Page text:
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Reading Literature

Fiction enables us to explore the recesses of man’s head and heart with a torch; history allows us only the natural light of day, which does not usually shine into such places. Literature is man’s exploration of man by artificial light, which is better than natural light because we can direct it where we want.[i] 

It is through literature that a student learns to examine thought and action compassionately. When a reader is able to identify with a character and his conflict or problem in a story and see life through the eyes of this character, that reader has begun to share an author’s insight and has thus begun to read with appreciation. Reading in this way is to respond both emotionally and intellectually. As you read this powerfully-written novel by Paule Marshall, we hope that it delights, enlightens, humanizes, and sensitizes you as members of our uniquely diverse community here in Prince George’s County. 

The way you approach reading a novel is very important. While reading you must be able to see relationships, perceive the development of character, theme, symbols, and be able to detect multiple meanings. You can reject or accept, like or dislike the literary work, depending on the effect it has on you. It is okay to do so. You shouldn’t jump to a final judgment too soon, whether it is about the character, the theme, or other elements. Remember: People and situations are not always as they appear at first. Be objective because your emotional reaction can sometimes cause unsound perception and interpretation. Keep this question in mind — “Can I justify my judgments based on evidence from the work itself?” 

To get the most out of literature, you must be aware of several elements in fiction and know how to make inferences. Below are a few guidelines to help you understand.. 

Characters — people and animals in a story. Examine each character for his or her own unique qualities, behavior, needs, and values. 

Setting — the time and place of a story. What impact does it have on the plot of the story? 

Plot — the series of events that happen in the story. Make sure you understand the most important events.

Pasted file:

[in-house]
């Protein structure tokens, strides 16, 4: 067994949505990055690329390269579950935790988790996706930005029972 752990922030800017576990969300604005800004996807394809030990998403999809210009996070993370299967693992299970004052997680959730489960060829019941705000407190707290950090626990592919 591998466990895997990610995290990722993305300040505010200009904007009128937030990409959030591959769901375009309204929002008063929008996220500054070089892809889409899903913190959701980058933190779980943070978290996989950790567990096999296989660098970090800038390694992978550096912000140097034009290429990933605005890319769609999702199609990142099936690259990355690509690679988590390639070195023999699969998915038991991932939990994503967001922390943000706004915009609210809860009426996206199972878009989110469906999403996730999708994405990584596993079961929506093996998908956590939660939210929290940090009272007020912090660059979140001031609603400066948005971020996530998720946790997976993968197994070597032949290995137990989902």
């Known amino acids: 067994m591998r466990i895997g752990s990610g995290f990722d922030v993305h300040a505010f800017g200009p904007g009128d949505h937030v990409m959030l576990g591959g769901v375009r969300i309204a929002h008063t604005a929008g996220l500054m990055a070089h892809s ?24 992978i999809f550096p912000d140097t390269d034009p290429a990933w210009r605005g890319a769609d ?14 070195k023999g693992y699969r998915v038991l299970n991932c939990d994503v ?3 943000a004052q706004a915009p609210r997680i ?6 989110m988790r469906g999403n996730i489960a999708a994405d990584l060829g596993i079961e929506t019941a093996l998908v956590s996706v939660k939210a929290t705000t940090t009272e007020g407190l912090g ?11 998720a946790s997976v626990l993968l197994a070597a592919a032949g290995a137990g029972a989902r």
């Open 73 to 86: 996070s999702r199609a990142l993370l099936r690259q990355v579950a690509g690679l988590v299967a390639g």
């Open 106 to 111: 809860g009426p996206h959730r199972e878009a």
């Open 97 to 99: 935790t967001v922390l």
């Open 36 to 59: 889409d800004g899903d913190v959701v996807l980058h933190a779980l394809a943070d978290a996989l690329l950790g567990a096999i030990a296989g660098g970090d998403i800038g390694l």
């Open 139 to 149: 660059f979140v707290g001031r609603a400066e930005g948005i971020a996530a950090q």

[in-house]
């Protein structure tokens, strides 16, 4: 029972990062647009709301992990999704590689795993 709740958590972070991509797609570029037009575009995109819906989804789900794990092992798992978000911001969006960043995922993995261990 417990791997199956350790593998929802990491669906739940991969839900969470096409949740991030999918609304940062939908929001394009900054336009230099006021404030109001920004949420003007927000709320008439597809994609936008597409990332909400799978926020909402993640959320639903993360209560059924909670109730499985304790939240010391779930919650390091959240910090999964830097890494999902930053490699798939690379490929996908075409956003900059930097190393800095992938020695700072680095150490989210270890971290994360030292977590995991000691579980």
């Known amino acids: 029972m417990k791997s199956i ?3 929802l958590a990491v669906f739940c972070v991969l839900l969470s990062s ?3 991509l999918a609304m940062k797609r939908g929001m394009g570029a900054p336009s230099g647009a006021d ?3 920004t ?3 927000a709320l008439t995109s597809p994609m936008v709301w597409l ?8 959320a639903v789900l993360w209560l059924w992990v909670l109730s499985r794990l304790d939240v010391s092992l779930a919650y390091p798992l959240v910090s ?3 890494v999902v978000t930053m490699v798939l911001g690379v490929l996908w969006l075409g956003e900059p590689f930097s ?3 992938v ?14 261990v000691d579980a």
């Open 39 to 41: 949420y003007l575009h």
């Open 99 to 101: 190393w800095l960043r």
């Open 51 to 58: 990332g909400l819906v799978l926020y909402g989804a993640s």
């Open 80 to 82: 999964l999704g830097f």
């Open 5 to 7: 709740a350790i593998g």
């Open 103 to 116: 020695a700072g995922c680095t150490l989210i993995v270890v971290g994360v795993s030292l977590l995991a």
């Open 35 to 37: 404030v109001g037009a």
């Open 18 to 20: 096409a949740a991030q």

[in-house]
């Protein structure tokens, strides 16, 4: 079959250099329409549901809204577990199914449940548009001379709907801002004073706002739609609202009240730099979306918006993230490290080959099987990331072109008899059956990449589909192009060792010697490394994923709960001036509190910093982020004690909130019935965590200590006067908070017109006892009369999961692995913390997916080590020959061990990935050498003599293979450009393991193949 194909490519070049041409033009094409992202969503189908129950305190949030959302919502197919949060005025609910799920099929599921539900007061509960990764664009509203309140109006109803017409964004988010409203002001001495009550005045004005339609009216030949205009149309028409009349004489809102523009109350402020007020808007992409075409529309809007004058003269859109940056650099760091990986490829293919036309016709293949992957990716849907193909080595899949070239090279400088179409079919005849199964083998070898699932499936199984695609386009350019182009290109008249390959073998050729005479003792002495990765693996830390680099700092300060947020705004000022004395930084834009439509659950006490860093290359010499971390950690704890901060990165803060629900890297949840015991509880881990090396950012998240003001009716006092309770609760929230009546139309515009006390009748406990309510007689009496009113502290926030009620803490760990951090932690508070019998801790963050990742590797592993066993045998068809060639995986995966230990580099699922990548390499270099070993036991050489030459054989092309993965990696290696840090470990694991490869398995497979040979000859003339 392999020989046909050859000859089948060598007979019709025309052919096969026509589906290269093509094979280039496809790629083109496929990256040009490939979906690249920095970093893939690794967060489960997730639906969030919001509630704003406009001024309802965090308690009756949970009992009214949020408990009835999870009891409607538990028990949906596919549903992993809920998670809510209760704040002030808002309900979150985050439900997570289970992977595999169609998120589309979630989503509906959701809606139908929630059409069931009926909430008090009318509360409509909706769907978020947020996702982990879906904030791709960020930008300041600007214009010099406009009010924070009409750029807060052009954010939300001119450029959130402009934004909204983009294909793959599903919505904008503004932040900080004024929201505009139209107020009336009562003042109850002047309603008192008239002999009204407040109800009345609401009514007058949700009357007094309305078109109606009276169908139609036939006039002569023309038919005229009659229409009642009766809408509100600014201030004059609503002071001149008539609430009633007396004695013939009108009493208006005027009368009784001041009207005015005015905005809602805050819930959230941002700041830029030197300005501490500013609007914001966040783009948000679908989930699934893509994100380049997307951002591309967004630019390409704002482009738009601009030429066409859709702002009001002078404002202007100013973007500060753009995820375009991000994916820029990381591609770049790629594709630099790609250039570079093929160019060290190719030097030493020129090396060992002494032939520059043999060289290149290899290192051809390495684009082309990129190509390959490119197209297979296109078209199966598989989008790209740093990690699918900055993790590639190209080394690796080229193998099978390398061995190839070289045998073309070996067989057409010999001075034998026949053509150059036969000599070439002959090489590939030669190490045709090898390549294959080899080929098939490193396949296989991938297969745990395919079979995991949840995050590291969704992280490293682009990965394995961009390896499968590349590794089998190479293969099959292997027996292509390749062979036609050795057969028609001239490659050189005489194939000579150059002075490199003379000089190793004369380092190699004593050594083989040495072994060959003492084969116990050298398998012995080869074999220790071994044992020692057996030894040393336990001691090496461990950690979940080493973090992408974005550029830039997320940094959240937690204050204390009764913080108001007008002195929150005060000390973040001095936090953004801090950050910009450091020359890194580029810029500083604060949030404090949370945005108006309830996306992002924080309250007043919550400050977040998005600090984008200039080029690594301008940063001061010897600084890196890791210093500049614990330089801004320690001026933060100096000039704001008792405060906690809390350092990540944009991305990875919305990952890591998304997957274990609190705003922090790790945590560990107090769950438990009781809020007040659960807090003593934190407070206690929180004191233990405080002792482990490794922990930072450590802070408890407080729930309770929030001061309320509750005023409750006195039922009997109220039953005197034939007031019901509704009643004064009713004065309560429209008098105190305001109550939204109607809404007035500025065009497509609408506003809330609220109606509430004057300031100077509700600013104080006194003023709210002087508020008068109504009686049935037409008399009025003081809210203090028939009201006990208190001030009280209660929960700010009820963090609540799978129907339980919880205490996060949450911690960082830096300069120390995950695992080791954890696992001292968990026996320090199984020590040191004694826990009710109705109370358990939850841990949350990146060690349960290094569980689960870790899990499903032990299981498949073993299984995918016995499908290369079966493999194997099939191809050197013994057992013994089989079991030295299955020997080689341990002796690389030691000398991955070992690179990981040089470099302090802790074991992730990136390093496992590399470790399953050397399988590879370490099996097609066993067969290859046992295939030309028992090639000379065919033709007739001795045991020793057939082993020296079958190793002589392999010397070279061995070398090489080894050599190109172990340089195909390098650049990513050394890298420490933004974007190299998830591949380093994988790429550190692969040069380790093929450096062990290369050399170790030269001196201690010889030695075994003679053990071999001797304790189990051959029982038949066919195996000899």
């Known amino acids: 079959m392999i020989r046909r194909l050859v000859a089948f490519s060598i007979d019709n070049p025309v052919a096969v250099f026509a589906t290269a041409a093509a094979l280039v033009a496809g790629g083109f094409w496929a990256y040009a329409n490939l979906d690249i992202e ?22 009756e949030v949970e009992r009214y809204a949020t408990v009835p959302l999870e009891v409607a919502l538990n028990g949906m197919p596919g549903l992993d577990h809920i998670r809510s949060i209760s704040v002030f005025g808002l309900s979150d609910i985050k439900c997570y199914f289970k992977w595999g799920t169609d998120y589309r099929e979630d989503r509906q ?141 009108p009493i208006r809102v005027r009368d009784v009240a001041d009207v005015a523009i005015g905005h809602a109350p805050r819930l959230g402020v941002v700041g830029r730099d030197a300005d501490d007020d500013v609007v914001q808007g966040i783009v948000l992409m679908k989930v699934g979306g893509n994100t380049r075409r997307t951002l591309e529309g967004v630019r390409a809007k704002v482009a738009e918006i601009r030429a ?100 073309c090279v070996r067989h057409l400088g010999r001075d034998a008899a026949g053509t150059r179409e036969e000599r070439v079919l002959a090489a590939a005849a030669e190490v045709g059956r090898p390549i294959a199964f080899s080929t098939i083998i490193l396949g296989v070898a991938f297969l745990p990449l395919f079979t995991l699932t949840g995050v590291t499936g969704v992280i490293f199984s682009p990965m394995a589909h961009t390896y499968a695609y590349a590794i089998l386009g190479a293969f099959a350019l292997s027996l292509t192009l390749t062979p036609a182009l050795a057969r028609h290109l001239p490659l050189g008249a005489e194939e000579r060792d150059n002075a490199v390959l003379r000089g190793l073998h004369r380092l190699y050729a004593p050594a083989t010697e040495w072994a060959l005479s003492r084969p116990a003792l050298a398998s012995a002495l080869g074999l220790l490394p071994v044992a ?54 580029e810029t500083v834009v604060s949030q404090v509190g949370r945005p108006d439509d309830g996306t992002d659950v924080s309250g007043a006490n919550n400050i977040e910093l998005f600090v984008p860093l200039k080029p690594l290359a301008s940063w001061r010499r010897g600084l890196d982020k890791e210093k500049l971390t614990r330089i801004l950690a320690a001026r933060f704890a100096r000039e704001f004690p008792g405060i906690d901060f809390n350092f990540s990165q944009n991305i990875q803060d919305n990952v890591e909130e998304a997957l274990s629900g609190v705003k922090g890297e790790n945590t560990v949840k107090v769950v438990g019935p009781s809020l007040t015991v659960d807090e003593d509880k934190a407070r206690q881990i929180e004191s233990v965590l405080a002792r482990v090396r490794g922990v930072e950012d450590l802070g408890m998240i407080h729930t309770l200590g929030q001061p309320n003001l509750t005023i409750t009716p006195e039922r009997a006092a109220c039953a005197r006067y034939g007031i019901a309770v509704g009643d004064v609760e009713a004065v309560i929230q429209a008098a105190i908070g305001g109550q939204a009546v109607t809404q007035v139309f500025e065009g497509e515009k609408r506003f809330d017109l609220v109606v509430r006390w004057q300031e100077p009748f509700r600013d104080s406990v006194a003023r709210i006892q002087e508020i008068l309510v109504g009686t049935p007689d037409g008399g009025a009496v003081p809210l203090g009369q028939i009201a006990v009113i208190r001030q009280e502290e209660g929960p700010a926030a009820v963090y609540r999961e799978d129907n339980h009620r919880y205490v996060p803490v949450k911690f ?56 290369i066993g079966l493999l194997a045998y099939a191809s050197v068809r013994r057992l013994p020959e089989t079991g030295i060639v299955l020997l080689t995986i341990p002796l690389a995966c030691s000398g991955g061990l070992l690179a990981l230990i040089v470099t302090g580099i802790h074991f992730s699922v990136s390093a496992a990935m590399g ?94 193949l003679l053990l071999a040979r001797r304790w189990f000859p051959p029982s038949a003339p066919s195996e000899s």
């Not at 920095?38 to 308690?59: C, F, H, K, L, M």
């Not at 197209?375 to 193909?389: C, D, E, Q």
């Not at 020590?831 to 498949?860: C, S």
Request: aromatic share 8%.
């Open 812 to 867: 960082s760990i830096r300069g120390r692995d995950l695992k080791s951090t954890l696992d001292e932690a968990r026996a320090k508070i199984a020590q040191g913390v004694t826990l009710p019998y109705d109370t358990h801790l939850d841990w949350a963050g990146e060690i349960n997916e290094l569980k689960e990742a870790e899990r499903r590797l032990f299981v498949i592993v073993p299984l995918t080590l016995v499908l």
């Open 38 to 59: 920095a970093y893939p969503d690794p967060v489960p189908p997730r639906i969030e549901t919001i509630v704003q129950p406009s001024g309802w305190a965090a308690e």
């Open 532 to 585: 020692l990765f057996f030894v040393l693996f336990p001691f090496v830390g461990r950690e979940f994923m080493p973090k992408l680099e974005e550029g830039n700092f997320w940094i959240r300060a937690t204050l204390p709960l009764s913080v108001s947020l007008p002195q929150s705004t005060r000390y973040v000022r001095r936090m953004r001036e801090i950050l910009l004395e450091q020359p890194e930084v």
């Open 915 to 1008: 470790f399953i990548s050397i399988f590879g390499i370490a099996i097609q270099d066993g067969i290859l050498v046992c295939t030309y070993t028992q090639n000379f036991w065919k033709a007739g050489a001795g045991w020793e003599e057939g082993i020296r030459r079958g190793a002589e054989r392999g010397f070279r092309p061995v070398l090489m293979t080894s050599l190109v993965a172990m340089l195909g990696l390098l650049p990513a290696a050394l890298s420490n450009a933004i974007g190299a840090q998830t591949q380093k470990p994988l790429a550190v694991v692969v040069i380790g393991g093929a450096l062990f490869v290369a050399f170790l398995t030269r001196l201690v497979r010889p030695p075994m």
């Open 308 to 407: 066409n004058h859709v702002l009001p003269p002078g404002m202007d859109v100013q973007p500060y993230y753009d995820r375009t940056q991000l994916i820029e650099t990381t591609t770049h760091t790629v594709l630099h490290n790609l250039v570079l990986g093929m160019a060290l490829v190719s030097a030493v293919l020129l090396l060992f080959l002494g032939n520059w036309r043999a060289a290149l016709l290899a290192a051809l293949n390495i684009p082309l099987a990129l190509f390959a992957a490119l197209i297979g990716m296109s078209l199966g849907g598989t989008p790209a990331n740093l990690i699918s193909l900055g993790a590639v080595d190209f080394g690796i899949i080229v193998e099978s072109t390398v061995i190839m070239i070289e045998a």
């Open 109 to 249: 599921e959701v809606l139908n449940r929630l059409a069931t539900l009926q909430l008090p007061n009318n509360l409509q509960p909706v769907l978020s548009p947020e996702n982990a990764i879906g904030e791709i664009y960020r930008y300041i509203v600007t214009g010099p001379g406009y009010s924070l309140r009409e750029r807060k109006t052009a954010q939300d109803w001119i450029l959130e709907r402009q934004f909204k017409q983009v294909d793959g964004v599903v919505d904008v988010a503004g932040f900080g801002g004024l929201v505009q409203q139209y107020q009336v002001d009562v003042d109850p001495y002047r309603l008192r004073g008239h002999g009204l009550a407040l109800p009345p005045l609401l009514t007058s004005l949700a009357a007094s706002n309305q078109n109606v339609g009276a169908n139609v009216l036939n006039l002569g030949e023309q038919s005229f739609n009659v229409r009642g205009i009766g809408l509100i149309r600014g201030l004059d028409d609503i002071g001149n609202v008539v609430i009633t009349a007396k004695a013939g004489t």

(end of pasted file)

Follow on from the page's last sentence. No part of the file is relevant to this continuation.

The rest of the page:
Theme — the idea or point of view expressed throughout. It unifies the work. 

Conflict — the main struggle between opposing forces. The conflict can be (1) internal, i.e. within a character; (2) between two or more characters, or (3) between one or more characters and some force in the environment. 

Climax — the final turning point in the story when the action changes course and begins to resolve itself. Sometimes the character may solve the problem in his or her mind. 

Narrator — the person telling the story. Be alert to the tone of the narrator and how it influences your perception of the story.

Figures of Speech — expressions in which words are used to mean something other than what they usually do. For example, “Life is like a broken-winged bird that cannot fly.” This is a line from the Langston Hughes poem entitled “Dreams.” What is he trying to say about life?

Inferences — to read “between the lines.” An inference is a message that comes across but is not directly stated by the author. You must draw conclusions based on the information given. Writers of fiction often show what they mean while writers of non-fiction directly state what they mean. 

As you read the novel and ultimately complete it, go back and review the elements listed. See if you can identify each element by citing specifics from the novel. Write down that information. 

Sit back and relax in a comfortable reading chair and have adequate lighting nearby. Make sure you are in a room without distractions for at least 30 minutes. Then allow yourself to fly to Bourne Island and enter the complex and intriguing world of the men and women in The Chosen Place, The Timeless People. 

[1]David Daisches, A Study of Literature for Reading and Critics (Ithaca, N.Y.: Cornell University Press, 1948)24. 

Prepared by: Beverly Reed

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